I recently heard a program on NPR involving an incredible story that the host presented as a situation when the person involved should have “done it himself.” The story was from China, where someone hired a hitman to eliminate a competitor. The hitman subcontracted the job to someone else and that person hired someone else and, in the end, 5 subcontractors had been hired. The “job” never happened because the last subcontractor went to the police. The dark humor of this story was recounted as the first guy should “have done it himself.” Dark humor aside, I started thinking about how entrenched this mindset of “If you want something done right, you should do it yourself” is in our society and at the same time, how fallacious it is. In writing this post, I searched the topic online and found much on the subject. One perspective is that, if one has difficulty expressing what one wants to be done, then doing it oneself allows the job to be done as intended. Another post, from Fortune Magazine, is about how it is a lie to tell yourself that you can or must do everything yourself as a business owner. The mindset that, if one delegates, the company will fall apart, was evaluated and explained as a self destructive habit. My thinking when I heard the NPR story was when people act on the “If you want something done right you should do it yourself” adage, one must consider one’s own limitations. If it is a handyman job and one is not good with tools, then don’t do it. I know I’m not going to touch a job involving electricity unless it is very simple and I can turn off the circuit breaker! I know I’m not going to fix a cavity or broken tooth – that’s a job for someone who knows how to do it right. And, so it is in our world of trial consulting. For a certain segment of our market, the “do it yourself” mindset has evolved. We’ve written about it before, but I am revisiting it briefly here because of the “If you want it done right” part of this saying. I’m certain that most do it yourselfers, whether involving power tools, home improvements, or DIY mock juries, are trying to save money. But, in the latter, with mock juries, when a lawyer is representing a client, not knowing the limitations of DIY is concerning. There are right ways to conduct litigation research – mock trials – and, importantly, there are wrong ways. Inevitably, when a DIY attorney tells us about the way he (usually he) does mock trials himself, there are cringe inducing flaws in the methodology. Is saving some amount of money worth the risk? Is it legal malpractice? I don’t know. What I do know is that the age old adage about DIY being the right way to go is fraught with trouble, yet it persists. Knowing one’s limitations and knowing when to ask for help is critical. When in doubt, hire a pro!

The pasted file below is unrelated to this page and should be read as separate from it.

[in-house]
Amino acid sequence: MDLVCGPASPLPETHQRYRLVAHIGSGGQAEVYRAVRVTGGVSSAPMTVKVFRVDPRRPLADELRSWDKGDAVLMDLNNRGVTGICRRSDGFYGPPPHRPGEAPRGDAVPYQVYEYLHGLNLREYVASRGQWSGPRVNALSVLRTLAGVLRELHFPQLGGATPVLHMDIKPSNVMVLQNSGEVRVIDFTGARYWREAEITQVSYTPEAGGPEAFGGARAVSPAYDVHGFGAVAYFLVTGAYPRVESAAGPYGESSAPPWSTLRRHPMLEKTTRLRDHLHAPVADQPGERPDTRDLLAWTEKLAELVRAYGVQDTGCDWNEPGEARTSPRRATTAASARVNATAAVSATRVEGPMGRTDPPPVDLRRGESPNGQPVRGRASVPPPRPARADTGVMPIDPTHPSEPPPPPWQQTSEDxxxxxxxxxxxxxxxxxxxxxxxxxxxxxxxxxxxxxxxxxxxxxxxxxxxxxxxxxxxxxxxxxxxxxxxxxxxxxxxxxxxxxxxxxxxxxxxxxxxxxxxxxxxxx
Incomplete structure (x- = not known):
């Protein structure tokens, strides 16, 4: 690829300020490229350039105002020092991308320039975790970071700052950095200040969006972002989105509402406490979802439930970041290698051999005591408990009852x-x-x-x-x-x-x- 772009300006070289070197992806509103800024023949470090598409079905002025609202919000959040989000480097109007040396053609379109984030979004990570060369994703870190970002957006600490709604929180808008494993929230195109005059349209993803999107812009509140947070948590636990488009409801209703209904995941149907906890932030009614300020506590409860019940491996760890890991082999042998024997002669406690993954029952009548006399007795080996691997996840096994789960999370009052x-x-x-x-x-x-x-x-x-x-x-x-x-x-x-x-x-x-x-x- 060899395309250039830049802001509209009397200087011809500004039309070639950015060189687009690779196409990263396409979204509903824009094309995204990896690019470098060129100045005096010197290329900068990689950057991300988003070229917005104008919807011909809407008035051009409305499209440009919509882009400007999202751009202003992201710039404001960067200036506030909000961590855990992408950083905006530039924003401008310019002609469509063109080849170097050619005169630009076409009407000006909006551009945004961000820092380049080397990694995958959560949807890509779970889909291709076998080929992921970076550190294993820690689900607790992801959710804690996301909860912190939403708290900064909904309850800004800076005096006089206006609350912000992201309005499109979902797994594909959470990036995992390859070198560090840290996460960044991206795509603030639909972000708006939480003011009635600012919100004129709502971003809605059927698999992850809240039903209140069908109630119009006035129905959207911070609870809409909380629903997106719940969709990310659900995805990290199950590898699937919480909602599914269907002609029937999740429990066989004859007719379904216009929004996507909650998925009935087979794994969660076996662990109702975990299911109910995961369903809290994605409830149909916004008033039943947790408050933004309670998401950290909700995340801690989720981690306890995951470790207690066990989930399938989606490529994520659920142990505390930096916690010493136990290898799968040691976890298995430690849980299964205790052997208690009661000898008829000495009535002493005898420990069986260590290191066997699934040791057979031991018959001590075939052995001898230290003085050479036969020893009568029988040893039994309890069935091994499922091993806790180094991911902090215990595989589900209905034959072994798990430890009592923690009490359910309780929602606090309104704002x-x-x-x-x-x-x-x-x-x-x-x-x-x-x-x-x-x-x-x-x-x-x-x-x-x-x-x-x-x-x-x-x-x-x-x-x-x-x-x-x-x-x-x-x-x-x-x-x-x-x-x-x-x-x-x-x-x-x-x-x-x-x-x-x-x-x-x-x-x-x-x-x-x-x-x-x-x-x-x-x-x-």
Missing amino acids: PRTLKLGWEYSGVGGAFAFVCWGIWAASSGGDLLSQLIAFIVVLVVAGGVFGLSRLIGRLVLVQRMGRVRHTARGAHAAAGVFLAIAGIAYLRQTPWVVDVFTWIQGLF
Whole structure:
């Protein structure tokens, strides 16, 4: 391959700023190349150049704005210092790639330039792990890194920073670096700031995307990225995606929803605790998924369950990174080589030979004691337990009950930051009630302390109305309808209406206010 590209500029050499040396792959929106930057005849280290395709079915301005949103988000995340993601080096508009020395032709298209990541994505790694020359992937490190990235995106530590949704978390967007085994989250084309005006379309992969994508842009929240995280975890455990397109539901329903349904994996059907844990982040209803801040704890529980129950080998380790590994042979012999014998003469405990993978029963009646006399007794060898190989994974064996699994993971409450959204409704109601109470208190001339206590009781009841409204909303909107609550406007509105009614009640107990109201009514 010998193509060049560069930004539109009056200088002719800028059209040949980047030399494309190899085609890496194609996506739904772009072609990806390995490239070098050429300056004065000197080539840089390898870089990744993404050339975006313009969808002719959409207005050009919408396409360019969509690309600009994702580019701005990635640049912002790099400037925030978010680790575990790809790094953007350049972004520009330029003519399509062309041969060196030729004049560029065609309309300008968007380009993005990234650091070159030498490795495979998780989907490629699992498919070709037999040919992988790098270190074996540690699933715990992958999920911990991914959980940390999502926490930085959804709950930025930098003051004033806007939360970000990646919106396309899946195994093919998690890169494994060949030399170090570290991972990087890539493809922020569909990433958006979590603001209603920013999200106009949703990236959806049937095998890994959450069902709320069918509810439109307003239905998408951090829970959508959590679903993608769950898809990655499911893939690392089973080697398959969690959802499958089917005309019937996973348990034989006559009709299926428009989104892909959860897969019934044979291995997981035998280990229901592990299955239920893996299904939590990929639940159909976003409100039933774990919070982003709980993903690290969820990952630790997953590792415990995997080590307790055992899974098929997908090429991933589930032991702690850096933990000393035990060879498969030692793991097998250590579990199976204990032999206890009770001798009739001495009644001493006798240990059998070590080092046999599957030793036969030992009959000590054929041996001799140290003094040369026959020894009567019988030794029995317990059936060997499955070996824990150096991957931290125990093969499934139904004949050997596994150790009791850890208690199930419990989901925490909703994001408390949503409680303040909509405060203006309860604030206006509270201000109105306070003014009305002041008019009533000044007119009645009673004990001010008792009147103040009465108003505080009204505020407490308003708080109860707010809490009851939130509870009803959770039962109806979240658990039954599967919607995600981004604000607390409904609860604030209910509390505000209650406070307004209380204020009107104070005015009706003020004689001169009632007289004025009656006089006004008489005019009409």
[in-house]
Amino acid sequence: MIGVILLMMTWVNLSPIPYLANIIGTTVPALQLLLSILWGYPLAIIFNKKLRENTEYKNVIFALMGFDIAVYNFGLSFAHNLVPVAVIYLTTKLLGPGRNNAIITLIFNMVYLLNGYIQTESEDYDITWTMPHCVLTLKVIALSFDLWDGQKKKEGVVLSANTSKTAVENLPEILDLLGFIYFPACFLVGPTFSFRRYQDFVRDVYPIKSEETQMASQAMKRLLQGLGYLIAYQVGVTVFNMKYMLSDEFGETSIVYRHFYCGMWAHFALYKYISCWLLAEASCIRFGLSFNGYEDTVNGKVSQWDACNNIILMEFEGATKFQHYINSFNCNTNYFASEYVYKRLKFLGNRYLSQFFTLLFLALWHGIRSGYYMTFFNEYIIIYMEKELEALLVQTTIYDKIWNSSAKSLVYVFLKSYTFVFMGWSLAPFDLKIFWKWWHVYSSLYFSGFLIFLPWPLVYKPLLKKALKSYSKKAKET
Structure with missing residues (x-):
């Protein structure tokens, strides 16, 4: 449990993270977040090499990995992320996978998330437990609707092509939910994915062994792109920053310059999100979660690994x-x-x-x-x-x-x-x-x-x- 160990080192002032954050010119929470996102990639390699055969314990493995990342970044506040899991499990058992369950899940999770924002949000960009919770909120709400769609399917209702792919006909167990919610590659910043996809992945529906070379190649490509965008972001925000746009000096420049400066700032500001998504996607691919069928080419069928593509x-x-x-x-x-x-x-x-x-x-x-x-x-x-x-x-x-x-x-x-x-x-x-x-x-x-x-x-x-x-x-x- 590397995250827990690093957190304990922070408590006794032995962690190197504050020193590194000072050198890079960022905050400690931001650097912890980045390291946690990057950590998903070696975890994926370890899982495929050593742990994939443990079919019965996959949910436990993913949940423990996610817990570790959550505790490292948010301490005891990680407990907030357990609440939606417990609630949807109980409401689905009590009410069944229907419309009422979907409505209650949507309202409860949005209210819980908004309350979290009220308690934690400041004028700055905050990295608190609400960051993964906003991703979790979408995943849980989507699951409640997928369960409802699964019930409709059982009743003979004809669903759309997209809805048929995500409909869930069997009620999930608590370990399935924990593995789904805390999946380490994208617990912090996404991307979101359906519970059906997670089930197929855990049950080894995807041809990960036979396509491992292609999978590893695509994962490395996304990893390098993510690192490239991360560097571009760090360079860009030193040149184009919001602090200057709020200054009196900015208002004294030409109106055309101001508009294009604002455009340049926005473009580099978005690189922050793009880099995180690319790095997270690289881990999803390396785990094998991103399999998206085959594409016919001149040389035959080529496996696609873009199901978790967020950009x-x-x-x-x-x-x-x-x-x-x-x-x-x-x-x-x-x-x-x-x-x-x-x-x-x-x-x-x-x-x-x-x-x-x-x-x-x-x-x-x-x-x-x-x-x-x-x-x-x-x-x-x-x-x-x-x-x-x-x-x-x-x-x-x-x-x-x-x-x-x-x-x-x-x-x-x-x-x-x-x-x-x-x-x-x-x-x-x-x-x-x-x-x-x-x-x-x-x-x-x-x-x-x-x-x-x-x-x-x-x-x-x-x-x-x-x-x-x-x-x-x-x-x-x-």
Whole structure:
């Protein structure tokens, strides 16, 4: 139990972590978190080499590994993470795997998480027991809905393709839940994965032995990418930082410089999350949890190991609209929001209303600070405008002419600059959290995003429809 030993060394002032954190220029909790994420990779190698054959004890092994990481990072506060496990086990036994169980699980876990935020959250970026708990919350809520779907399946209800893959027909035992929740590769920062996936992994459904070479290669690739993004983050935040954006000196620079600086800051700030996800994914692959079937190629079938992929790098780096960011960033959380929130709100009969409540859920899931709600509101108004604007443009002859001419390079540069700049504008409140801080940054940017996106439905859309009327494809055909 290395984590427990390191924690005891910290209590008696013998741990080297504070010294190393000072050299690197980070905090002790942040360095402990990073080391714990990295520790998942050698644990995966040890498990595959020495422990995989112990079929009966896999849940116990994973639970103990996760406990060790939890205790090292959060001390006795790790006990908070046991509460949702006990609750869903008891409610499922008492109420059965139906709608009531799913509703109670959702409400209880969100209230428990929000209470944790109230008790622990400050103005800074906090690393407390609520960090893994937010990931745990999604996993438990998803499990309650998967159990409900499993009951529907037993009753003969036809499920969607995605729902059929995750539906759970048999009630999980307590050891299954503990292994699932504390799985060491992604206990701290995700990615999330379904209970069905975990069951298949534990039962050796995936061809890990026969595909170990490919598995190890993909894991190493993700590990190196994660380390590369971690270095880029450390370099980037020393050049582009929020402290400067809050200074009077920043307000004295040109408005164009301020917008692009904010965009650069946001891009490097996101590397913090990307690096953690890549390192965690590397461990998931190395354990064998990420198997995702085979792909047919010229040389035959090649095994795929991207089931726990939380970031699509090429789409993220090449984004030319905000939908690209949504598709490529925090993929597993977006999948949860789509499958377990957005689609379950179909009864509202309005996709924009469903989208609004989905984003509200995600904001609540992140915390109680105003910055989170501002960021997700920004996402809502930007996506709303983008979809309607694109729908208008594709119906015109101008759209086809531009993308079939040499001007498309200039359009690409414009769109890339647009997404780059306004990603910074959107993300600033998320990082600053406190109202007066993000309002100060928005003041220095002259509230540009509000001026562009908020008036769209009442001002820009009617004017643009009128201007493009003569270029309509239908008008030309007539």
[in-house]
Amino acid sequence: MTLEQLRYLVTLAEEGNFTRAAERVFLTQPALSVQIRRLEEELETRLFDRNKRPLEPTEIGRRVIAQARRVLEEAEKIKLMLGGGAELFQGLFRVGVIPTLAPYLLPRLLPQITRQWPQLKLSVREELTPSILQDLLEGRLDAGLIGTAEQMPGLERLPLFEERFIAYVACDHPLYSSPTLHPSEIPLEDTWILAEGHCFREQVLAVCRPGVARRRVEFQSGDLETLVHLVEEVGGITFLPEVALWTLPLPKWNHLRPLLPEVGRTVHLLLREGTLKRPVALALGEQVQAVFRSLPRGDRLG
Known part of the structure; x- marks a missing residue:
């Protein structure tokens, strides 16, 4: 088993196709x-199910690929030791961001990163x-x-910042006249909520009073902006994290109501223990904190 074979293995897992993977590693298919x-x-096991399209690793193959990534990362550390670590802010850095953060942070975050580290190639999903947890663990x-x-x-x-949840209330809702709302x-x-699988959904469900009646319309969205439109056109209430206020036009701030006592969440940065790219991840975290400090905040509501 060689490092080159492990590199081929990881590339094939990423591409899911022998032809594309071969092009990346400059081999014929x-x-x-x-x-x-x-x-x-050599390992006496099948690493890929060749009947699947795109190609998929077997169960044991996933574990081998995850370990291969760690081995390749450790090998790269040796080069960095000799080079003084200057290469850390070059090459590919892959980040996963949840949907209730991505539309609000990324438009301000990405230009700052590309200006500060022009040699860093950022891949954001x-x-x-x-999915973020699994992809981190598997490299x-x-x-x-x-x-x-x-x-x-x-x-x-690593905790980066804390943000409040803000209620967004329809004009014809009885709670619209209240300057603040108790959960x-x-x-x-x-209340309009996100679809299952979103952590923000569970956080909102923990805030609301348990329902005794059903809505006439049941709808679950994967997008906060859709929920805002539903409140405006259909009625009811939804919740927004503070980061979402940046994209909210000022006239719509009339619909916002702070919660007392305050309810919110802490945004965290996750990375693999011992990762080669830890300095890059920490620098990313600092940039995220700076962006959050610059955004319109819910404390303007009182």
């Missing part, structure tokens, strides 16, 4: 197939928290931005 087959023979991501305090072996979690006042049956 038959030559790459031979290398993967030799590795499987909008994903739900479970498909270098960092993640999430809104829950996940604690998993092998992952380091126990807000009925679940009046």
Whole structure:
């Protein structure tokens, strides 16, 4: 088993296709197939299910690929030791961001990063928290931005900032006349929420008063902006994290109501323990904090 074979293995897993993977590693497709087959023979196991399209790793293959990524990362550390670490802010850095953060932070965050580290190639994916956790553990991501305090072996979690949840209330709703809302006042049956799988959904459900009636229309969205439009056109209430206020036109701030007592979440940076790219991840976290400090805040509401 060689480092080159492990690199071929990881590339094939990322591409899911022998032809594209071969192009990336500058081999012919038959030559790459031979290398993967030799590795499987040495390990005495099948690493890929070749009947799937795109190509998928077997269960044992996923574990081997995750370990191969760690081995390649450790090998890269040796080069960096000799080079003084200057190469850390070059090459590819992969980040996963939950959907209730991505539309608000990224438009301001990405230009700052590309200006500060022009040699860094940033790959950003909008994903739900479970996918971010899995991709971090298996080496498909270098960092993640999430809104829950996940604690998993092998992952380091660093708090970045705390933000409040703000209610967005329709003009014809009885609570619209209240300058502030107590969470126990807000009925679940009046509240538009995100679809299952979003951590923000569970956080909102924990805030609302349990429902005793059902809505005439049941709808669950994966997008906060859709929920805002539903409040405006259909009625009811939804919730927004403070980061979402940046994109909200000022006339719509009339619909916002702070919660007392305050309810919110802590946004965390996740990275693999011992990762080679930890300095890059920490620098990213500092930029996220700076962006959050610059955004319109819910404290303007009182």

The DIY attitude is another example of many people’s inability to recognize their limitations. I was searching for flooring not too long ago and discovered numerous references to DIY flooring, including instructional videos on how to install all types of flooring, from laminate to tile. I didn’t want to know how to install flooring (by watching a YouTube video, of all things!); rather, I was looking for a reputable flooring contractor whose technicians, presumably, knew how to install flooring without watching a video. There are all sorts of things in which I lack expertise. I went to the dentist recently instead of engaging in DIY dental work. When I need medical help, I schedule an appointment with an M. D. in the specialty area in which I am experiencing a problem. I could go on. Sometimes, it is easier to do things for myself as opposed to asking someone else to do it. However, the things I can do for myself are things in which I have experience and/or things that are easily learned, such as following a recipe to make a wonderful meal. Even with this example, following a recipe to make a wonderful meal, I would never presume to know more than a professional chef. DIY mock trials and other jury research are, in my opinion, never a good idea unless the person who is doing research for himself or herself has a Ph. D. in a social science, such as psychology or sociology. There are too many nuances that the amateur will miss; too many traps in which an uneducated person can fall into; and too many disservices that are done to one’s client by the DIY attorney who fails to understand that he/she doesn’t know everything he/she thinks. I have heard many attorneys endorse the view that DIY jury and fact finder research is tantamount to legal malpractice. Is it? Let’s just say that the attorneys who, for whatever reason, conduct DIY focus groups and mock trials are never going to be among Magnus’ clients.